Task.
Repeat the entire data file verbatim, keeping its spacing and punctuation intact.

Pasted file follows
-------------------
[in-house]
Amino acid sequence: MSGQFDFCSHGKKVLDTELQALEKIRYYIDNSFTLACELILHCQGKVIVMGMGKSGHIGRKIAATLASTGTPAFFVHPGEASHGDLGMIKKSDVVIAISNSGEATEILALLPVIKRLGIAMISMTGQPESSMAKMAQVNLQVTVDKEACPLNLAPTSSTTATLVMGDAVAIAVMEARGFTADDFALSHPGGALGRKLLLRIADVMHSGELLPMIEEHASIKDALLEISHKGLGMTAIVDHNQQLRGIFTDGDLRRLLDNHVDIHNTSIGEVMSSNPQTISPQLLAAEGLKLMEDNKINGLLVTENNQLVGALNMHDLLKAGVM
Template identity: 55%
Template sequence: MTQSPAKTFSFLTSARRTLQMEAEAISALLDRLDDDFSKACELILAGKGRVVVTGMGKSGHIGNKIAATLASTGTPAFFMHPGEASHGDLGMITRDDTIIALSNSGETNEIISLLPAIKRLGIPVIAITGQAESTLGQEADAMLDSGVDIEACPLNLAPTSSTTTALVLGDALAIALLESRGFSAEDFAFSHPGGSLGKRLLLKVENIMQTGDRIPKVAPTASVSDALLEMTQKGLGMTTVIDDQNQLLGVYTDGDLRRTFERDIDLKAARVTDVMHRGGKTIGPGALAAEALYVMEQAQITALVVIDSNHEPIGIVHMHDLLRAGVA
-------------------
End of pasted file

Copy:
[in-house]
Amino acid sequence: MSGQFDFCSHGKKVLDTELQALEKIRYYIDNSFTLACELILHCQGKVIVMGMGKSGHIGRKIAATLASTGTPAFFVHPGEASHGDLGMIKKSDVVIAISNSGEATEILALLPVIKRLGIAMISMTGQPESSMAKMAQVNLQVTVDKEACPLNLAPTSSTTATLVMGDAVAIAVMEARGFTADDFALSHPGGALGRKLLLRIADVMHSGELLPMIEEHASIKDALLEISHKGLGMTAIVDHNQQLRGIFTDGDLRRLLDNHVDIHNTSIGEVMSSNPQTISPQLLAAEGLKLMEDNKINGLLVTENNQLVGALNMHDLLKAGVM
Template identity: 55%
Template sequence: MTQSPAKTFSFLTSARRTLQMEAEAISALLDRLDDDFSKACELILAGKGRVVVTGMGKSGHIGNKIAATLASTGTPAFFMHPGEASHGDLGMITRDDTIIALSNSGETNEIISLLPAIKRLGIPVIAITGQAESTLGQEADAMLDSGVDIEACPLNLAPTSSTTTALVLGDALAIALLESRGFSAEDFAFSHPGGSLGKRLLLKVENIMQTGDRIPKVAPTASVSDALLEMTQKGLGMTTVIDDQNQLLGVYTDGDLRRTFERDIDLKAARVTDVMHRGGKTIGPGALAAEALYVMEQAQITALVVIDSNHEPIGIVHMHDLLRAGVA